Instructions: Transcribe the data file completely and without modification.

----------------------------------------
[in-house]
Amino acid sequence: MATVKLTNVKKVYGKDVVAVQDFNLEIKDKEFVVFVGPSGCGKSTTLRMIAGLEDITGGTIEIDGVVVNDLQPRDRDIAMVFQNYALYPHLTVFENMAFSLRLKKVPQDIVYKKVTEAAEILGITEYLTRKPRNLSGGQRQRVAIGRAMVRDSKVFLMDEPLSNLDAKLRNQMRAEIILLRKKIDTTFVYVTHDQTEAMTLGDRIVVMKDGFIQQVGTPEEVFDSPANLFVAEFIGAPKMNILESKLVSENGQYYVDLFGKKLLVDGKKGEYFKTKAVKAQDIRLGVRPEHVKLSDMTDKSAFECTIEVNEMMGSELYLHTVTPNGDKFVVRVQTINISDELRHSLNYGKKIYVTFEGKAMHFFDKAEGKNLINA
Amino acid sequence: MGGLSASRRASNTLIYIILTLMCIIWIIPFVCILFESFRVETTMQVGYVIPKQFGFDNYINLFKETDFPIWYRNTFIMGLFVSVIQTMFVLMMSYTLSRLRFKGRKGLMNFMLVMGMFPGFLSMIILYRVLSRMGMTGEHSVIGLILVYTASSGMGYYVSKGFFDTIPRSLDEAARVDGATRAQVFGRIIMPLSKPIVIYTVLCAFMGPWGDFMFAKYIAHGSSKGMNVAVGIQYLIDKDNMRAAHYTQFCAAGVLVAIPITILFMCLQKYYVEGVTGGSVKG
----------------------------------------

[in-house]
Amino acid sequence: MATVKLTNVKKVYGKDVVAVQDFNLEIKDKEFVVFVGPSGCGKSTTLRMIAGLEDITGGTIEIDGVVVNDLQPRDRDIAMVFQNYALYPHLTVFENMAFSLRLKKVPQDIVYKKVTEAAEILGITEYLTRKPRNLSGGQRQRVAIGRAMVRDSKVFLMDEPLSNLDAKLRNQMRAEIILLRKKIDTTFVYVTHDQTEAMTLGDRIVVMKDGFIQQVGTPEEVFDSPANLFVAEFIGAPKMNILESKLVSENGQYYVDLFGKKLLVDGKKGEYFKTKAVKAQDIRLGVRPEHVKLSDMTDKSAFECTIEVNEMMGSELYLHTVTPNGDKFVVRVQTINISDELRHSLNYGKKIYVTFEGKAMHFFDKAEGKNLINA
Amino acid sequence: MGGLSASRRASNTLIYIILTLMCIIWIIPFVCILFESFRVETTMQVGYVIPKQFGFDNYINLFKETDFPIWYRNTFIMGLFVSVIQTMFVLMMSYTLSRLRFKGRKGLMNFMLVMGMFPGFLSMIILYRVLSRMGMTGEHSVIGLILVYTASSGMGYYVSKGFFDTIPRSLDEAARVDGATRAQVFGRIIMPLSKPIVIYTVLCAFMGPWGDFMFAKYIAHGSSKGMNVAVGIQYLIDKDNMRAAHYTQFCAAGVLVAIPITILFMCLQKYYVEGVTGGSVKG